Taking 3 pounds (1.4 kg) of clay and mixing half with Evergreen Mason Stain, see how many Spiral wedges it will take to blend the two colors together.
The Spiral Wedge took a little less than 4 minutes and only 100 wedges to blend the two colors together. The Spiral Wedge blended nicely in a short amount of time.
3) The Stack and Slam
This method is one of the easiest and also great at compressing clay, which in turn helps to prevent cracking.
- Start with your clay in a rectangular shape. Take your wire and cut your clay in half.
- Stack the clay on top of one another, like you are folding it over.
- It’s important not to dig your fingers in the clay. Doing this will create air bubbles
- Slap the clay down on the wedging board.
- Continue to rotate the clay in a rectangular shape and slap it down 5 to 7 times to compress it together.
You will want to cut the clay in half at least 10 times and 25 times or more if it’s recycled clay.
When you’re done slamming your clay around it will be in a rectangular shape. You will want to slap the corners down to form it into a ball, so the moisture content stays even throughout the clay. Then you can start playing with your clay.
With the Stack and Slams method see how many slices is it going to take to bend the 3 pounds (1.4 kg) of clay together.
The two colors blended beautifully together with the Stack and Slam taking only a little over 6 minutes, 25 slices, and around 140 slams. This technique is great for anyone that has issues with their wrists. It is by far the simplest method of wedging.
4) Wheel Wedging
Also called Coning or Towering, is wedging on the pottery wheel.
- Throw your clay on the middle of the wheel
- With both, your hands bring the clay up to a tall tower shape.
- Place your anchor hand on the side of the clay, use the other hand to push the top of the tower down on an angle and away from you.
- Continue to push the clay down.
- Forming the clay into a beehive shape.
- Do this about three times to five times.
- You don’t want to wedge your clay too many times because you’re using water with this technique. If you introduce too much water into the clay, it can soften the clay making it mushy and merely impossible to make anything.
Using 3 pounds (1.4 kg) of clay to blend these two colors together with the Wheel Wedge.
Wheel Wedging took only a few minutes and 4 times towering up the clay to blend pretty well.
5) A Pug Mill
Having a Pugmill is a wonderful alternative to hand wedging, but this luxury comes at a price. A good Pugmill costs anywhere from three thousand to six thousand US Dollars depending on the size and bells and whistles it has.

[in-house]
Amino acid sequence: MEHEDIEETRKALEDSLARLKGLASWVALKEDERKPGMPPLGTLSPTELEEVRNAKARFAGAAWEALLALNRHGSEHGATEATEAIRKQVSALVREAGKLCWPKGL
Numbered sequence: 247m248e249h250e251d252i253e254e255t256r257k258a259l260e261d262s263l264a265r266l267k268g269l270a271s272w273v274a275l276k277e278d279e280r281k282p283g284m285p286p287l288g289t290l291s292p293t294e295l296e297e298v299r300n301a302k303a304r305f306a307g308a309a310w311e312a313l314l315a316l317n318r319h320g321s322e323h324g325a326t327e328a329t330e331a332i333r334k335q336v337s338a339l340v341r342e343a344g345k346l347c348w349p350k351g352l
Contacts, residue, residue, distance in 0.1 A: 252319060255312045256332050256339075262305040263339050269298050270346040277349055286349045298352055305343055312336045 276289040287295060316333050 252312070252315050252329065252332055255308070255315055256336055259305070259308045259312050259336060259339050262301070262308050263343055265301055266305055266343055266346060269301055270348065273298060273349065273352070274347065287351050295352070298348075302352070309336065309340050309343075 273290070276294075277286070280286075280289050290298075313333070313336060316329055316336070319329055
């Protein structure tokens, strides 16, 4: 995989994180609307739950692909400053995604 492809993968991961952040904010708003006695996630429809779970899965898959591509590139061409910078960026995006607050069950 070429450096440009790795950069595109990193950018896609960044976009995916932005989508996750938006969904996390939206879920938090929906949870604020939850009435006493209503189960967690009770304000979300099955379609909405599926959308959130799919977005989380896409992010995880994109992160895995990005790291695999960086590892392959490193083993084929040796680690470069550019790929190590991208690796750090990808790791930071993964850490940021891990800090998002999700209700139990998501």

If you’re not familiar with a Pugmill, it’s a machine with a horizontal chamber that loads on the top. The chamber is a metal cylinder with an auger inside. An auger looks like a large screw. It turns and wedges the clay, discharging the wedged clay at the other end.
When I used a pugmill in class and I liked it. You do have to be careful not to add too much or too little water. Because I recycle clay a lot I will be keeping my eye out for one in the future. I love the convenience of it.
Pugmills do have to be cleaned often, especially if you use different clay bodies, but it’s still worth it.
Why Is It So Necessary To Wedge Your Clay
Smooths Out Lumpy Clay
Well-wedged clay will get rid of any large or small lumps that may be lurking in your clay and will make your clay more malleable (workable).
Makes the Clay More Plastic
Plastic is the flexibility of the clay. Wedging helps the clay particles or platelets align with each other making the clay easier to mold.
Makes the Clay Homogenous
This term used in pottery means giving your clay even moisture consistency throughout. Having an even consistency in your clay is important for reducing the risk of your pottery cracking because your piece will dry more evenly.
Removes the Air Bubbles
Air bubbles have to be one of the most irritating things to find in your clay when you’re trying to center or throw on the wheel. The bigger the air bubbles, the more difficult it becomes. Wedging most certainly helps to get rid of them.
You may have heard air bubbles will cause your piece to explode. The air bubble itself does not do that. It’s the moisture that gets trapped in the air bubble that would cause it to explode. For more information on drying your pottery check out my post on How Long Pottery Should Dry Before Firing.
The Ram’s head and the spiral wedges both wedge the clay in a similar way by mixing the clay in a swirling motion. The Ram’s Head Wedge is more popular because it is easier to learn. With a little more practice the Spiral Wedge gets easier.
Wheel Wedging is convenient and easy to wedge and the Stack and Slam is by far the easiest method to do.
It’s nice to have different ways to wedge, allowing you to choose the one or ones that work best for you. Which wedge are you going to choose?
Since every potter has to have a surface to wedge clay on. There are also different surfaces you can choose from to wedge on like Masonite, Concrete, Granite, and the most common being Plaster, Plywood, and Plywood covered in canvas. These are all good options.
Now that you have some basics on how to wedge, head on over this article that will help you with learning How To Fix Problems with Centering Clay. With a little help and a lot of practice, Centering and Wedging will become second nature.
If you are just starting out with your new hobby or maybe thinking of a pottery-making career I highly advise you to take some pottery classes. You will speed up your learning process immensely. I explain in this article exactly why it’s important for Every New Potter to Take a Pottery Class.
Watch The Step by Step VIDEO HERE